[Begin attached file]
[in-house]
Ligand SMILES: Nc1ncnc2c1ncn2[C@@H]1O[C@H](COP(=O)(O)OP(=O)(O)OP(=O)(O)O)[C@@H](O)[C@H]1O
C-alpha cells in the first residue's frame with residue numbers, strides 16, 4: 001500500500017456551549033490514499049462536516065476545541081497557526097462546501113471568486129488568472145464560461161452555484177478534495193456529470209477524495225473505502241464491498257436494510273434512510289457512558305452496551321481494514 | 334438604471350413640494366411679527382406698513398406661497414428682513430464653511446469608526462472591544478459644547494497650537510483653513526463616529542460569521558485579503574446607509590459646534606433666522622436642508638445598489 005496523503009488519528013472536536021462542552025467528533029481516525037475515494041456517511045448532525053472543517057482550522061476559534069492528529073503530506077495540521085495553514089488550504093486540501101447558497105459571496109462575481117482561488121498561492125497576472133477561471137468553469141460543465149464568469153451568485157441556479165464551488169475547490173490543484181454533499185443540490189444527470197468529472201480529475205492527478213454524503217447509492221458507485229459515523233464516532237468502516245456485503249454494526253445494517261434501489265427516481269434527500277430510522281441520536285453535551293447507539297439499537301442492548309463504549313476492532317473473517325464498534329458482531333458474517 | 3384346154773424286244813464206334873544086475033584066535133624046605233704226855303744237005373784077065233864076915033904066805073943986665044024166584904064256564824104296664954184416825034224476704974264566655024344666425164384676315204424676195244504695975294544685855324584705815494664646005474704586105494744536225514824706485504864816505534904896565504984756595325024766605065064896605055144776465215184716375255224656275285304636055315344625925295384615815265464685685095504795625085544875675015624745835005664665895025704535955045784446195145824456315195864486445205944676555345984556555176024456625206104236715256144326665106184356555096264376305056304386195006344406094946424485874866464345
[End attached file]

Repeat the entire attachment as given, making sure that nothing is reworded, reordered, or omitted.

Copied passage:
[in-house]
Ligand SMILES: Nc1ncnc2c1ncn2[C@@H]1O[C@H](COP(=O)(O)OP(=O)(O)OP(=O)(O)O)[C@@H](O)[C@H]1O
C-alpha cells in the first residue's frame with residue numbers, strides 16, 4: 001500500500017456551549033490514499049462536516065476545541081497557526097462546501113471568486129488568472145464560461161452555484177478534495193456529470209477524495225473505502241464491498257436494510273434512510289457512558305452496551321481494514 | 334438604471350413640494366411679527382406698513398406661497414428682513430464653511446469608526462472591544478459644547494497650537510483653513526463616529542460569521558485579503574446607509590459646534606433666522622436642508638445598489 005496523503009488519528013472536536021462542552025467528533029481516525037475515494041456517511045448532525053472543517057482550522061476559534069492528529073503530506077495540521085495553514089488550504093486540501101447558497105459571496109462575481117482561488121498561492125497576472133477561471137468553469141460543465149464568469153451568485157441556479165464551488169475547490173490543484181454533499185443540490189444527470197468529472201480529475205492527478213454524503217447509492221458507485229459515523233464516532237468502516245456485503249454494526253445494517261434501489265427516481269434527500277430510522281441520536285453535551293447507539297439499537301442492548309463504549313476492532317473473517325464498534329458482531333458474517 | 3384346154773424286244813464206334873544086475033584066535133624046605233704226855303744237005373784077065233864076915033904066805073943986665044024166584904064256564824104296664954184416825034224476704974264566655024344666425164384676315204424676195244504695975294544685855324584705815494664646005474704586105494744536225514824706485504864816505534904896565504984756595325024766605065064896605055144776465215184716375255224656275285304636055315344625925295384615815265464685685095504795625085544875675015624745835005664665895025704535955045784446195145824456315195864486445205944676555345984556555176024456625206104236715256144326665106184356555096264376305056304386195006344406094946424485874866464345